JavaScript: Callback which doesn't stop execution of lines below

Problem

Before this question, I already thought that I had mastered JavaScript.. but no, not even close :)

I'm currently programming with require.js and trying to make methods with callbacks (because of async js) but the problem is that code continues execution after my callback(); calls.

See following example:

var Second = function () {
    console.log("Second init");
};

Second.prototype.load = function (callback) {

    console.log("Second load");

    var timeOut = setTimeout(function () {

        clearTimeout(this);

        if (true) {
            console.log("Second interval ended.. GOOD");
            callback(true);
        }

        console.log("Second interval ended.. NO, YOU SHOULD NOT BE HERE!");
        callback(false);

    }, 1000);
};

var First = function () {

    console.log("First init");
    var second = new Second();

    second.load(function (returned) {
        console.log("Second returned: " + returned);
    });

};

First();

This will output:

First init
Second init
Second load
Second interval ended.. GOO
Second returned: true
Second interval ended.. NO, YOU SHOULD NOT BE HERE!
Second returned: false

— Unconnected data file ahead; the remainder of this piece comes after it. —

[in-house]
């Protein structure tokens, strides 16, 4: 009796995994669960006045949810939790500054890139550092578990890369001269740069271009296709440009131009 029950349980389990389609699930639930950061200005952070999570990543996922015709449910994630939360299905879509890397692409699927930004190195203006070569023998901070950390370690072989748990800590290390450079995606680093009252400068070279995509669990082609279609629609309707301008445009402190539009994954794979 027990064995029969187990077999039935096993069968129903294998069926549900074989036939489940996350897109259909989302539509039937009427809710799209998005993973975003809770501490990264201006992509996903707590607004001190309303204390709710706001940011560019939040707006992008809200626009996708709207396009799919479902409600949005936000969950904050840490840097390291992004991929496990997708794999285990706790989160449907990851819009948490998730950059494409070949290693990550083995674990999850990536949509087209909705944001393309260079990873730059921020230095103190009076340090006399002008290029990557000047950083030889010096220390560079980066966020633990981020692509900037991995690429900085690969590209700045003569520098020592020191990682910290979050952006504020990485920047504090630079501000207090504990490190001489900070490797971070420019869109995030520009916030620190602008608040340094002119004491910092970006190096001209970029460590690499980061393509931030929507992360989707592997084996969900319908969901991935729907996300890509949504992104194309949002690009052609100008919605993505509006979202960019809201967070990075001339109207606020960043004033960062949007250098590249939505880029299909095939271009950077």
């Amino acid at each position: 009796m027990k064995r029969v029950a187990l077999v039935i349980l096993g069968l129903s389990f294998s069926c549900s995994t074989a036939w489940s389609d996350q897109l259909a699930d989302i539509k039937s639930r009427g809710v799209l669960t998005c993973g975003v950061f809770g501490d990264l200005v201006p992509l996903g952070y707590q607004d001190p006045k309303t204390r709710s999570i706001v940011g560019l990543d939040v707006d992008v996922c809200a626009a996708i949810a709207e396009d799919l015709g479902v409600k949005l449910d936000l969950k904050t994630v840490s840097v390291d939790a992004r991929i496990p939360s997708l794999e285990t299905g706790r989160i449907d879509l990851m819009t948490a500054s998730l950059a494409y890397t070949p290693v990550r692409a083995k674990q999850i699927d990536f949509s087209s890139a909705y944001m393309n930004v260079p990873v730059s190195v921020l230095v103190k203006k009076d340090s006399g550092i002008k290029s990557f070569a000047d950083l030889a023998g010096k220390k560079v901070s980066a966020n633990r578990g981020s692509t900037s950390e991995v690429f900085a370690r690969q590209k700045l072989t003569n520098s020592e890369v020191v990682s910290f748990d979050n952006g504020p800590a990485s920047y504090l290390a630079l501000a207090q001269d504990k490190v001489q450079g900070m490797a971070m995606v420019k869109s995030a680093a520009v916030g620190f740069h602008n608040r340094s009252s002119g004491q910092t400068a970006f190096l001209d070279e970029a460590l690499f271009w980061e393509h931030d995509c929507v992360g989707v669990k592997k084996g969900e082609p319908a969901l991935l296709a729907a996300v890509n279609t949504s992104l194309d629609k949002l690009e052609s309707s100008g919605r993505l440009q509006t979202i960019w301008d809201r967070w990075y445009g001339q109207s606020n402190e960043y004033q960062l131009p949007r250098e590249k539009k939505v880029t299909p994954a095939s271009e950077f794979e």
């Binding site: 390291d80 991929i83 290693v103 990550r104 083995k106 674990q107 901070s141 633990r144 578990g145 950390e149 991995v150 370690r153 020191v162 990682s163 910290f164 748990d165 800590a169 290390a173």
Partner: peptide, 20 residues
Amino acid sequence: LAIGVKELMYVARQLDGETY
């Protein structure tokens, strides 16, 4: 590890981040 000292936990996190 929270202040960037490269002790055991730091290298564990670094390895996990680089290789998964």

Where obviously two last lines are too much... What I would want't is a proper way to do callback in following scenarion.. I tried:

if (true) {
    console.log("Second interval ended.. GOOD");
    return callback(true);
}

Which works, and:

if (true) {
    console.log("Second interval ended.. GOOD");
    return function() {
       callback(true);
    }
}

Which works too, but both of them feels like wrong solutions to me.. how to do this correctly?, thanks!

Problem courtesy of: Mauno Vähä

Solution

It can be a matter of opinion, but return callback() is typically the standard. You can see it used this way in the Node source. Example from the filesystem module:

fs.fstat(fd, function(er, st) {
  if (er) return callback(er);
  size = st.size;
  if (size === 0) {
    // the kernel lies about many files.
    // Go ahead and try to read some bytes.
    buffers = [];
    return read();
  }

  buffer = new Buffer(size);
  read();
});
Solution courtesy of: hexacyanide

Discussion

If you don't want code executed after you have called your callback, just don't place any there. If you hadn't placed a console.log statement after your call to the callback function nothing would have happened: your function would simply have returned.

Discussion courtesy of: user1864610

This recipe can be found in it's original form on Stack Over Flow.